The terminals would also strengthen the country’s role in transit by making the most of its strategic location and its new corridors for the supply of Europe and the Balkans.
Wanting to make the most of the opportunity of gas being the bridge fuel on the way to clean energy, and of Balkan countries’ need to diversify their sources and not be so reliant on Russia’s Gazprom, Greek energy groups have designed and are promoting infrastructure for their entry into the Greek LNG system.
The fuel will use Greece’s Trans Adriatic Pipeline, the Interconnector Greece-Bulgaria and its connectors, and the plan for the interconnection with North Macedonia, to reach the neighboring countries and reduce their dependence on Turkey.
Therefore, besides Revithousa island LNG terminal off the coast of Attica, Greece in the process of obtaining terminals near Corinth and the north Aegean Sea city of Alexandroupoli too.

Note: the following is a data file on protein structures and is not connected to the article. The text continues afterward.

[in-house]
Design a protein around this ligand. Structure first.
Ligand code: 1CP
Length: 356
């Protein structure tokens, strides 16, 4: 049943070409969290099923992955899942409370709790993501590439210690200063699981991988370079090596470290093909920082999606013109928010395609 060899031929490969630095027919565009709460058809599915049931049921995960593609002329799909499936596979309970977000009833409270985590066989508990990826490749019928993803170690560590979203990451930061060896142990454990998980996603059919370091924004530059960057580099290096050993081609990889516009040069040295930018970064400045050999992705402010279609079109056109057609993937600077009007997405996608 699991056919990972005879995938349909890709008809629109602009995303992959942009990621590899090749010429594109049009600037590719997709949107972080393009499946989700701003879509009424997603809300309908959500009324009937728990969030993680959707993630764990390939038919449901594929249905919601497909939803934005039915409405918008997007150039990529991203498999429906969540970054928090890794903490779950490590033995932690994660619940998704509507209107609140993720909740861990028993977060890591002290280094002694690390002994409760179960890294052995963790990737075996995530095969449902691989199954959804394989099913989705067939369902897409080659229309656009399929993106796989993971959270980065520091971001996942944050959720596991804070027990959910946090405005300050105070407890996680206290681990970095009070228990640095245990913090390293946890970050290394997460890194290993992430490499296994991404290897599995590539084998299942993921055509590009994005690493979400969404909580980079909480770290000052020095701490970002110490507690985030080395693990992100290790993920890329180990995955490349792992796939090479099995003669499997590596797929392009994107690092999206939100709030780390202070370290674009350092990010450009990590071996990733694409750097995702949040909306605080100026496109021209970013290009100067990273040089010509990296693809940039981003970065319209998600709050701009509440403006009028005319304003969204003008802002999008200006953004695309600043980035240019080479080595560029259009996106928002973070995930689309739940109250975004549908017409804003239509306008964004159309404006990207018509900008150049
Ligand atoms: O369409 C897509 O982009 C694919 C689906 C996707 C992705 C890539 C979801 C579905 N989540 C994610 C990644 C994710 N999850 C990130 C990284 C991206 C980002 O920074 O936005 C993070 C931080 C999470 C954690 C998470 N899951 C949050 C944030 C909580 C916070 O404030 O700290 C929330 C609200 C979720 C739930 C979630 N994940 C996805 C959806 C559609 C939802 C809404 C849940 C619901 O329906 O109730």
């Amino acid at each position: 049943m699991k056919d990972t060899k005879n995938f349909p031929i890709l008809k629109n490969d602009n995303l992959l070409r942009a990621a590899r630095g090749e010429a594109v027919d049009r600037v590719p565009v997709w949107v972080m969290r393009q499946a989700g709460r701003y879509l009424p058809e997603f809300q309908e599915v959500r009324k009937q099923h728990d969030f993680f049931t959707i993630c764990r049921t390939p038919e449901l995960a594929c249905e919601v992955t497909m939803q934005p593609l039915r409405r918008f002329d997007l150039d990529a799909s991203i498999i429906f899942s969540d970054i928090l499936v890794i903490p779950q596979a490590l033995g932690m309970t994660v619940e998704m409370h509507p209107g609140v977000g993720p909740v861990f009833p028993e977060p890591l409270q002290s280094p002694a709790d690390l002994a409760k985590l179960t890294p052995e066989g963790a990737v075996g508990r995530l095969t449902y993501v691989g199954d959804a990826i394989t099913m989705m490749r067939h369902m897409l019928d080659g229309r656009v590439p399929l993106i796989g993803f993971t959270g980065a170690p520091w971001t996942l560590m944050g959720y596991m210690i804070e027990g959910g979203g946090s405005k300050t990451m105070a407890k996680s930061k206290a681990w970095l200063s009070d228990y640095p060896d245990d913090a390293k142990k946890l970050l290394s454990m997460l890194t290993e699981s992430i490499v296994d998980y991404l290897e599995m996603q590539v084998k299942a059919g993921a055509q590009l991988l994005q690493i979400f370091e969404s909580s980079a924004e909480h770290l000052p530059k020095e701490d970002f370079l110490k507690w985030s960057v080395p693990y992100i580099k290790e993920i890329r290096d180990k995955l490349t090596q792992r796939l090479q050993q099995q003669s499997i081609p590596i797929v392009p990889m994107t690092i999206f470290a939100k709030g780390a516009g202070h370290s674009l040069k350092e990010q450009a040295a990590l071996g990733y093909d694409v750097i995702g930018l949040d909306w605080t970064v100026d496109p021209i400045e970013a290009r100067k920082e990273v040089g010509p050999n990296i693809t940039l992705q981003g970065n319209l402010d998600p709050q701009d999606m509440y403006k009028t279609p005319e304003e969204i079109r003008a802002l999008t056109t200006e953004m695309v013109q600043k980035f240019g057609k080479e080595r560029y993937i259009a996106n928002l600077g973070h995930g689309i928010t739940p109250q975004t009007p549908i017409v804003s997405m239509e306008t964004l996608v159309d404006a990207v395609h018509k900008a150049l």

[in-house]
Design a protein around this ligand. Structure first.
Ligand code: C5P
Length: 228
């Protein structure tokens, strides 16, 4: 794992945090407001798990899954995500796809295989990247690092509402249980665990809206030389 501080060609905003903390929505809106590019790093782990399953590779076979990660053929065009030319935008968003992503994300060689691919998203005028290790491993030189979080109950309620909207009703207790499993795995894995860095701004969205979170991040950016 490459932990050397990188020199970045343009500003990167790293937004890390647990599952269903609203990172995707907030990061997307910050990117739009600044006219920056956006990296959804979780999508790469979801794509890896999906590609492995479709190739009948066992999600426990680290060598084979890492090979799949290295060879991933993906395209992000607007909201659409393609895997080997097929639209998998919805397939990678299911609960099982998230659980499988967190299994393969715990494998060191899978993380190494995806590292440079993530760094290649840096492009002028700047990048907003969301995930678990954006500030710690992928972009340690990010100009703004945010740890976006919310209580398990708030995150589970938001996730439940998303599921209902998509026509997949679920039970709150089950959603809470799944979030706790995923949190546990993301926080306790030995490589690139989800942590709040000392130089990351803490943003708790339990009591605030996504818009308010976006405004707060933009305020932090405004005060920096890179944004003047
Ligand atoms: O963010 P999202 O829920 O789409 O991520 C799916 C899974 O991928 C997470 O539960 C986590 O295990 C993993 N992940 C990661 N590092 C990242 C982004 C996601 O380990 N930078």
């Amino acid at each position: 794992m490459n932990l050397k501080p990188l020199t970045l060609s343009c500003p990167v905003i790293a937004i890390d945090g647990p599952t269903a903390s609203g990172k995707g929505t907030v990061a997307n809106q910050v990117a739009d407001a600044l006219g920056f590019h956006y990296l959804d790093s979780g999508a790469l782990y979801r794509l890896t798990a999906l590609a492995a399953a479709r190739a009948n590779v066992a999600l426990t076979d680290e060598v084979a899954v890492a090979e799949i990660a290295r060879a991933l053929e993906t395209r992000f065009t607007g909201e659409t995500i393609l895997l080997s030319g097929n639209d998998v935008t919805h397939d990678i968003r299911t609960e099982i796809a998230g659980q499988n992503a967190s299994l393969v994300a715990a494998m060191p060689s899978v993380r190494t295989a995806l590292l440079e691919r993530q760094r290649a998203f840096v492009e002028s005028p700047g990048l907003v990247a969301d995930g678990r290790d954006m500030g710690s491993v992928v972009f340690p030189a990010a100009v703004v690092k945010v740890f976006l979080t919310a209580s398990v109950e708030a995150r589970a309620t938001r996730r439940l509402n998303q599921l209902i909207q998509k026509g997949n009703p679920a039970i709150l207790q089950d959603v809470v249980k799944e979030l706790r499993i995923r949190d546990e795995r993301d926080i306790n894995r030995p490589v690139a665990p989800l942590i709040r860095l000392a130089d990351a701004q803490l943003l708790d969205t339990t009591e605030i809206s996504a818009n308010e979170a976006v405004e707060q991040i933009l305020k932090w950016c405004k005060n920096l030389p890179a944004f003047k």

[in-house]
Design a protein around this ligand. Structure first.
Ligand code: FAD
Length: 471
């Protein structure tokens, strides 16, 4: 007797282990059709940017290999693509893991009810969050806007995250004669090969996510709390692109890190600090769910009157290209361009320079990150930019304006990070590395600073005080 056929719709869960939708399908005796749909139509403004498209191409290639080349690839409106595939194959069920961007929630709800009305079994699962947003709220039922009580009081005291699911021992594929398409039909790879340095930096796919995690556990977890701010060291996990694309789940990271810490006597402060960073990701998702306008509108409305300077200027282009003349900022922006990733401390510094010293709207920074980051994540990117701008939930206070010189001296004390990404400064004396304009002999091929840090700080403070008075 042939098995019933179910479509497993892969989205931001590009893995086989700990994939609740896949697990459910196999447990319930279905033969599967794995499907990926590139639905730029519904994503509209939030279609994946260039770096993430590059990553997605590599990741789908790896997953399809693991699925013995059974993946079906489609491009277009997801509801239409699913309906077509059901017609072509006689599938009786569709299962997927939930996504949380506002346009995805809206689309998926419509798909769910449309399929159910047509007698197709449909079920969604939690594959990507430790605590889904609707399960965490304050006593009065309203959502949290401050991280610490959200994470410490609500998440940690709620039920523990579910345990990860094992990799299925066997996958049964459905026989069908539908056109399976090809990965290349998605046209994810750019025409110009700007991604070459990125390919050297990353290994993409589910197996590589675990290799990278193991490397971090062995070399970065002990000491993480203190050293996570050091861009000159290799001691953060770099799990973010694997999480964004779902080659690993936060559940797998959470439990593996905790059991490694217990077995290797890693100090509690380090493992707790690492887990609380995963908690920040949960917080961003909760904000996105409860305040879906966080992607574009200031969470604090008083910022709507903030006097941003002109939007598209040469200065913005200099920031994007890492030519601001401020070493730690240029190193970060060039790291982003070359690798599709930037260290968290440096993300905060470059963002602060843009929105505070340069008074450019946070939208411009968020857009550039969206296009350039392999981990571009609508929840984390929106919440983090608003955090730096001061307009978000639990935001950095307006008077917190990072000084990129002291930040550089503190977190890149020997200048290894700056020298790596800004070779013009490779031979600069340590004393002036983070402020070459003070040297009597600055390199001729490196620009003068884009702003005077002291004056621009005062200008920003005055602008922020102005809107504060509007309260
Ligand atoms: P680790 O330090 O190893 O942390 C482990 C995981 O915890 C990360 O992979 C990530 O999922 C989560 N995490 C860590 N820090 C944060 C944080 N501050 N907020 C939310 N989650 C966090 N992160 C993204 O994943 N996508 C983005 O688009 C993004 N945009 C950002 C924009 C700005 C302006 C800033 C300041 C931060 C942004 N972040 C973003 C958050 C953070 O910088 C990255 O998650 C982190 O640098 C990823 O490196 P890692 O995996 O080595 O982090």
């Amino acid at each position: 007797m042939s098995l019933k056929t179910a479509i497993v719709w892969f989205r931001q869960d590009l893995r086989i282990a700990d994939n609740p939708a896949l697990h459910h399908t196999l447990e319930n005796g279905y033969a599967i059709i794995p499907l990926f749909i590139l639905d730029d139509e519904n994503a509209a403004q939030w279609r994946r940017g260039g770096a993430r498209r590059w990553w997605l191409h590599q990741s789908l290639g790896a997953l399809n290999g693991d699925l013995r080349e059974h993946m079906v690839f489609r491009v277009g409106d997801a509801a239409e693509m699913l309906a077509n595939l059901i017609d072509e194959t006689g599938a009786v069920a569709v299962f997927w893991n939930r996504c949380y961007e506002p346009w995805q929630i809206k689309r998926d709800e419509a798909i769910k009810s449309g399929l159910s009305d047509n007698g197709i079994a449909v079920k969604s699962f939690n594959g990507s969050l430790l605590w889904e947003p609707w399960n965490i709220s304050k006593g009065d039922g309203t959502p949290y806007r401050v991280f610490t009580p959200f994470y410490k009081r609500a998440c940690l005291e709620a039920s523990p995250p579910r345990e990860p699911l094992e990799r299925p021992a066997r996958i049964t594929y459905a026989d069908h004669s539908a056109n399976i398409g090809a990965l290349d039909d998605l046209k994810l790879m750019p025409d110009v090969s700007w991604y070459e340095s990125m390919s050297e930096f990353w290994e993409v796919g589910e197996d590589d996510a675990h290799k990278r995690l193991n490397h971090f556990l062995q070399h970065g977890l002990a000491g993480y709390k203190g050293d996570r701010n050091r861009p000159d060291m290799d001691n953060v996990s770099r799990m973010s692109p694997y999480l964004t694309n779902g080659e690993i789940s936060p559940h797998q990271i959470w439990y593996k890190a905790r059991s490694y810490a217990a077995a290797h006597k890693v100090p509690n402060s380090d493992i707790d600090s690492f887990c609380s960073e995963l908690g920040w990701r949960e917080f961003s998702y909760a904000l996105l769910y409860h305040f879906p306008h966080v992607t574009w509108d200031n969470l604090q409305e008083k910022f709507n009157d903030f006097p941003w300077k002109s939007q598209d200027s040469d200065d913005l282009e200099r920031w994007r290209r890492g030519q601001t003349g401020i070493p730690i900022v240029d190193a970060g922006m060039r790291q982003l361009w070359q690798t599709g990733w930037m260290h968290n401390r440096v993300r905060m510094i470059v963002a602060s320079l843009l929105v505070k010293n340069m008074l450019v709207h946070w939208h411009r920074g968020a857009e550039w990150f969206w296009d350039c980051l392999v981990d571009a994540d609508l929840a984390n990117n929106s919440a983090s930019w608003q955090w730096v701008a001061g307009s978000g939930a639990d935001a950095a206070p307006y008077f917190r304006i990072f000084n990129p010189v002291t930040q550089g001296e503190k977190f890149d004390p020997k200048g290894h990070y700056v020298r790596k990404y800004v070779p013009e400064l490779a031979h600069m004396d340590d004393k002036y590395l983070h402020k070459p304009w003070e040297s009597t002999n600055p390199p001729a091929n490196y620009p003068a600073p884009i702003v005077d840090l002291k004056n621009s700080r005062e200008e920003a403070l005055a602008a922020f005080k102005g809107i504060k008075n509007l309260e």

Revithousa is among the 28 LNG terminals that operate today in the wider Mediterranean region and in Europe and the only one in Greece that receives LNG cargoes, temporarily stores and regasifies LNG and supplies the National Natural Gas Transmission System.
With a storage capacity of 225,000 cu m LNG and a regasification capacity of 1,250 cu m per hour the terminal is an important energy asset for Greece, providing security of energy supply, operational flexibility in the transmission system and increased capability to meet peak gas demand.
The LNG terminal project at Alexandroupoli is close to the sealing of the investment decision. Budgeted at $407.3m the project consists of a floating platform for the reception, temporary storage and gasification of LNG, and an underwater and land pipeline for the fuel to reach the national transmission system.
The project is being developed by Greece’s Copelouzos Group’s Gastrade with the participation of Peter Livanos-backed Gaslog Investment, DEPA Commercial, the Public Gas Corporation of Greece, the country’s gas grid operator DESFA, and Bulgaria’s Bulgartransgaz EAD.
Another gate of entry for natural gas into Greece will be the unit that the Vardinoyiannis refinery group Motor Oil is preparing at its facilities near Corinth. This will be an investment topping $336m and bearing the name Dioryga Gas.
The unit will have a storage capacity of 210,000 cu m, and a gasification capacity of 132,000 MWhs per day, with the average annual demand estimated at 2.5bn cu m. Its completion will increase the Greek gas system’s storage capacity by 80%.
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